But there are points where it does feel like Taylor might have stepped over the line a bit. He messing Triumph up a lot. That I think was at least partially drivin by desperation, and tunnel vision. At that point Taylor’s number one goal was saving Dinah. To do that she had to prove herself to Coil. Shooting Coil was because he was to dangerous to try and be left alive. Cauldron did all their actions over decades, systematically, in secret to increse their odds against Scion. They were willing to step over the line a lot sooner, and a lot farther. Lets put it this way. Both Captain America and the Punisher are willing to kill. The difference is that for Cap it’s a act of last resort against an immediate threat. For the Punisher, it’s the only option.

      I wouldn’t say Taylor’s a good person. But she isn’t the worst by a huge margin. She hasn’t fallen that far yet. She’s been grinded down by the world, and she’s seeing some of the hieghts of human stupidity, and the depths of human cruelety. And she’s still trying to save the world, not because she wants to rule it or anything. But because there are people in it she wants to save.

      • The difference between Taylor and Alexandria is that Taylor is on Team V and Alexandria was on Team H. We’ve seen that the worst scum (Tagg) can get away with whatever they want as long as they wear the right label (hero or villain).

          • Very true. One of Worm’s key themes has been that being labelled “hero” doesn’t make you a good person, being labelled “villain” doesn’t make you a bad person and that it comes down to individual people, not labels.

            PS. Negadarkwing makes a very good point about the Punisher vs Captain America. It’s not as simple as do/do not use lethal force. It’s where do you draw the line that lethal force is justified. Even Superman has killed when he had to.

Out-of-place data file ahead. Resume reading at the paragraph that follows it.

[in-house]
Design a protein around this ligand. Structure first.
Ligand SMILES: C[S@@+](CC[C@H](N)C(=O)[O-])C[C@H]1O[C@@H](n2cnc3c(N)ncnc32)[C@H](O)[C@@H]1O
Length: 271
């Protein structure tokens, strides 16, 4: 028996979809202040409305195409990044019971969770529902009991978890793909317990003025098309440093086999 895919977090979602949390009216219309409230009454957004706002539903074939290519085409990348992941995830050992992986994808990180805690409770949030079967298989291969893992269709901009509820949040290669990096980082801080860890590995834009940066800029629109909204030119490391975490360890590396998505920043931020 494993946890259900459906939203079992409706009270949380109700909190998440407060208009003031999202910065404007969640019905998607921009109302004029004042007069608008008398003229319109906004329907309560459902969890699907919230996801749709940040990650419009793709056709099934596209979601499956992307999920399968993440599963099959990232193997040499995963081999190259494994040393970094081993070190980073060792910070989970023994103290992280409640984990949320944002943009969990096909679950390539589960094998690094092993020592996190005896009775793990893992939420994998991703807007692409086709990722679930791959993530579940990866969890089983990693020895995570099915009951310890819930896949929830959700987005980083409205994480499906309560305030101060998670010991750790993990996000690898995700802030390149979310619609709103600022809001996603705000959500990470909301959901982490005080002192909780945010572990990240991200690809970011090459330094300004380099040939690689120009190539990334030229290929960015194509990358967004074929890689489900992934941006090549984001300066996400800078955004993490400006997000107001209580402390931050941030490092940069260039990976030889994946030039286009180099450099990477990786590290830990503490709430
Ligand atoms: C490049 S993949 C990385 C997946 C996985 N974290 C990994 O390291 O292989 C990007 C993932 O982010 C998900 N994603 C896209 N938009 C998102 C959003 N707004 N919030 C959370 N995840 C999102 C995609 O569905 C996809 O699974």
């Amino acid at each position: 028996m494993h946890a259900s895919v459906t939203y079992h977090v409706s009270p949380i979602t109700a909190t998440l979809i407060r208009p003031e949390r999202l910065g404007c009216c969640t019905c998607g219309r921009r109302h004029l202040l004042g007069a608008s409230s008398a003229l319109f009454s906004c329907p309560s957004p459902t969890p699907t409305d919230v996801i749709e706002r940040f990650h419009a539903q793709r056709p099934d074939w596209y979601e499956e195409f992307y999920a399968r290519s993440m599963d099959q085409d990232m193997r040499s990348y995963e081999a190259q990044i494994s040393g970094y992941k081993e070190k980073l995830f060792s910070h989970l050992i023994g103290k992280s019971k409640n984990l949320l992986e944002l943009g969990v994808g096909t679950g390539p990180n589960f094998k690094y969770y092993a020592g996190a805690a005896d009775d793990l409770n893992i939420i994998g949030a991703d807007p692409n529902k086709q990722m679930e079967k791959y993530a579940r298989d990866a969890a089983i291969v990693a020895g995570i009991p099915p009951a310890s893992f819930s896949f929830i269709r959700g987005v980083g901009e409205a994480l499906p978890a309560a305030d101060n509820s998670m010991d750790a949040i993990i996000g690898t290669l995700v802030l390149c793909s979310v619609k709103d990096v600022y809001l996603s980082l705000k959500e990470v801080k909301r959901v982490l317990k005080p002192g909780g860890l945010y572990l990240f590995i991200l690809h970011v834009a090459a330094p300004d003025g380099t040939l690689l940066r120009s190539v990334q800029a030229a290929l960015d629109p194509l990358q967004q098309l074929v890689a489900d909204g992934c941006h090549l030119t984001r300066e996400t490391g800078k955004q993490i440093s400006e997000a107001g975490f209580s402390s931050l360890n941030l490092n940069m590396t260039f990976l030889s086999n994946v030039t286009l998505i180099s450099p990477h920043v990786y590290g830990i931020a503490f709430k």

• Axel, i’m glad you have come back and even gladder (more glad?) that you re-read the work to better construct your arguments. I believe criticism is always welcome as long as it is done in a respectful tone.

      I understand where you’re going with some of your points. In the past I have criticized Taylor’s ruthlessness, sometimes unnecessary brutality and especially her hypocrisy. For what it’s worth I believe that what she said to the kids and the psychologist were things she truly believes. I don’t think Taylor is a bad person, just someone who found herself in a situation way bigger than her and struggled to cope. As it is normal she had her best moments and her worst. It’s called character growth. Personally I believe that her worst moments are behind her, but that’s just my opinion.

      If I may, correct me if I’m wrong, your main problem seems to be the concept of a grey main character. But this wasn’t invented by wildbow. It goes way back : there’s no way, even for the standards of the time, to decide who are the good guys and who are the bad guys in the Iliad (which could for many reasons be considered the first superhero story ever😉 ). Modern comics favor the grey: you seemed scandalised when someone compared Skitter/Weaver to Batman. But Batman is a man who admits he holds tight to the no killing rule because if he didn’t he’d be killing every criminal he encounters, Punisher style. He also has no problem with breaking every bone in a man’s body to ensure that he stays down, because as long as he doesn’t kill, it’s fair game.

      And now I’m the one apologising for replying with this long,rambling post😀 .

      • Its not that i don’t understand the concept of a morally grey character. It’s just I’ve found some grey protagonist to not be AS grey as Taylor, To be honest I prefer Superman as the kinda hero I respect. Always doing whats RIGHT in both action and intention.

        The best example I always give when talking about Heroes vs’ Anti-Heroes is the one story “What’s So Funny About Truth, Justice and the American Way?” I won’t redact the entire story, but it basically showed to me how Anti-heros basically can be no better then the criminals they fight and don’t actually try to change things. To me, a Hero isn’t just someone who does good for the people, but they also inspire the people to do better. To BE better then they can be.To bring a sense of hope to the future.

        So what kind of hope does Taylor bring? I refer to back when Taylor was talking to her dad and her friend during that get-together. Even though Brockton Bay was getting better, they clearly didn’t like the idea of being controlled by criminals.